0
$\begingroup$

We want to hike over a direct route from starting point $s$ to finish point $f$. We're given a list $p_1<p_2< \dots <p_n$ where the hotel at index $i$ is located $p_i$ kilometers from the start of the route. Throughout the travel we stop each night at a different hotel. The travel is time limited therefore we must finish the travel over $t$ days ($t<n$). The difficulty of walking a certain day is defined as $d^2$, the square of distance traveled.

We want to choose the stops in such a way that we minimize the sum of difficulty over the course of the travel (such that the overall difficulty is the lowest). Find the recurrence relation which describes the problem.

I encountered this problem in the context of dynamic programming. I don't understand how the problem can be described with a recurrence relation here.

This is a sample I drew:

enter image description here

For example we need to plan the travel for $2$ days. Then wouldn't we choose the distances from $p_1$ to $p_2$ and from $p_2$ to $p_3$ as they are minimal distances and hence will yield minimal squares?

Isn't this a matter of just sorting the distances and choosing $t$ minimal ones?

$\endgroup$
  • 2
    $\begingroup$ Don't you need to get to the finish point too? $\endgroup$ – user856 Feb 3 '18 at 9:57
  • $\begingroup$ @Rahul I think I see now. So wouldn't this be a variation of knapsack problem where we want minimum instead of maximum? $\endgroup$ – Yos Feb 3 '18 at 10:00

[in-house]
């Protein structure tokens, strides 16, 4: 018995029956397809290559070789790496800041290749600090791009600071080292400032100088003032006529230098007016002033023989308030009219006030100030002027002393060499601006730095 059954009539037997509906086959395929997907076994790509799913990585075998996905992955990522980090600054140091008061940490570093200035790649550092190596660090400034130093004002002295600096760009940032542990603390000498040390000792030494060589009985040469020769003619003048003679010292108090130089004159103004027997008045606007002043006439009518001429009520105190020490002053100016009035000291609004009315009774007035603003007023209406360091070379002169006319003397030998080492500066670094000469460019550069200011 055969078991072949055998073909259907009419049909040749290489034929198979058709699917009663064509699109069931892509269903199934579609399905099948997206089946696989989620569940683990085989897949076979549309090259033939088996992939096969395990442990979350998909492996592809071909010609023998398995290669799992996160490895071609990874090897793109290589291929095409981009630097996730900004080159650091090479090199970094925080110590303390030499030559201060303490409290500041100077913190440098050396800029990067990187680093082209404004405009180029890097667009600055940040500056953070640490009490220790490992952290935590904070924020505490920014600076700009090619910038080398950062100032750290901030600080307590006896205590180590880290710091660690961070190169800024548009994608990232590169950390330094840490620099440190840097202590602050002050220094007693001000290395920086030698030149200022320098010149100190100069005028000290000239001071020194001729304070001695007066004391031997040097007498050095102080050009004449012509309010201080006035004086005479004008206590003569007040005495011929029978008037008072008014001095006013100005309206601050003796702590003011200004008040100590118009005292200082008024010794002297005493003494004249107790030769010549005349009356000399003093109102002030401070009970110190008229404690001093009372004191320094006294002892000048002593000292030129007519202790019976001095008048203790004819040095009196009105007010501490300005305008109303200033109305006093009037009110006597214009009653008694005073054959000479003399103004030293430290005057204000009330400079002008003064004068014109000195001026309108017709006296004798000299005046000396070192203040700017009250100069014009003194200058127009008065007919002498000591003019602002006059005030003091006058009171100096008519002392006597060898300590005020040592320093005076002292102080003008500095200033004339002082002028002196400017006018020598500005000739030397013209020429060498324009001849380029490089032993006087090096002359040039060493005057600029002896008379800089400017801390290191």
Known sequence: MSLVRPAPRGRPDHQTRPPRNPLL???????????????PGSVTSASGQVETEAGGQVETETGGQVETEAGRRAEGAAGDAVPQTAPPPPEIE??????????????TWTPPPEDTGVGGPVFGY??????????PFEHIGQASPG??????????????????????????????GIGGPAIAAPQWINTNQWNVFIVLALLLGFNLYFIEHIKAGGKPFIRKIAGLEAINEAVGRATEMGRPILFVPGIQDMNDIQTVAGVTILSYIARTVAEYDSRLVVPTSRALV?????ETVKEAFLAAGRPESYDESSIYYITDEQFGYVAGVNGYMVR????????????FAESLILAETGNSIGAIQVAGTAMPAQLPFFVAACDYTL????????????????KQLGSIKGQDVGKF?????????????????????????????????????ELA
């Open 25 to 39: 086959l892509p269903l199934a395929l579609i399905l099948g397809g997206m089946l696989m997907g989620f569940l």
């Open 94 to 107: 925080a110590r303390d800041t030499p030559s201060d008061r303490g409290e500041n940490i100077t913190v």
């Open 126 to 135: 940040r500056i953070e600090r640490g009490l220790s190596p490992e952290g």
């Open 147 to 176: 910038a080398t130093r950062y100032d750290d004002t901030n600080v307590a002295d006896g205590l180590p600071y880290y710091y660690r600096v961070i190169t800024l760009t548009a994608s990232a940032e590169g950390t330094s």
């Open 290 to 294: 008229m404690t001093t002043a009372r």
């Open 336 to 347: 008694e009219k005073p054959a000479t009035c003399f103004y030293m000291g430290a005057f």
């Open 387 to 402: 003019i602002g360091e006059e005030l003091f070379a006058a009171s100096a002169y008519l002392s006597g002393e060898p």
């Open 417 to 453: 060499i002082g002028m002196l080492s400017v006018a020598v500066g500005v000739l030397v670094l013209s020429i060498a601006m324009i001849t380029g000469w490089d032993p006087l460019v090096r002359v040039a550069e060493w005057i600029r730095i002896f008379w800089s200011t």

1
$\begingroup$

I observe that:

  1. you are required to stay at a different hotel for $t$ nights and
  2. it never makes sense to go backwards.

We can compute the minimal cost recursively on $t$, the number of remaining stops to make. Define $C(r,m)$ as the minimal cost of a trip that starts at hotel $m$ and visits $r$ different hotels, each with index $> m$.

We then have:

$C(r,m) = \min_{m<i< n-r} \left[ (p_i-p_m)^2 + C(r-1,i) \right]$ if $r>0$ and

$C(0,m) = (p_n - p_m)^2$ (to account for the last day, I assume $p_n$ represents $f$).

If we also define $p_0=0$, the desired answer is $C(t,0)$.

$\endgroup$
  • $\begingroup$ But the recursion should probably be reversed to decrease complexity :) $\endgroup$ – Fons Feb 11 '18 at 17:35
  • $\begingroup$ I think the idea is right, but I don't follow the formulas. It seems to me that you should be minimizing over $m < i < n-r,$ because hotel $i$ is the next hotel to visit after hotel $m$ and there must be at least $r-1$ hotels remaining after hotel $i$. I also think you mean $C(r,m)$ to be the cost of completing the journey starting at hotel $m$ in $r$ days. You say "visiting hotels with index $\ge m$" but you must mean "index > $m$" or the term $(p_i-p_m)^2$ makes no sense. $\endgroup$ – saulspatz Feb 11 '18 at 18:39
  • $\begingroup$ You are right! The case C(0,m) should also be defined separately to make sure that the goal is reached. $\endgroup$ – Fons Feb 12 '18 at 20:58
  • $\begingroup$ I am also assuming that all $p_i$'s are non-negative. $\endgroup$ – Fons Feb 13 '18 at 11:38

Your Answer

By clicking “Post Your Answer”, you agree to our terms of service, privacy policy and cookie policy

Not the answer you're looking for? Browse other questions tagged or ask your own question.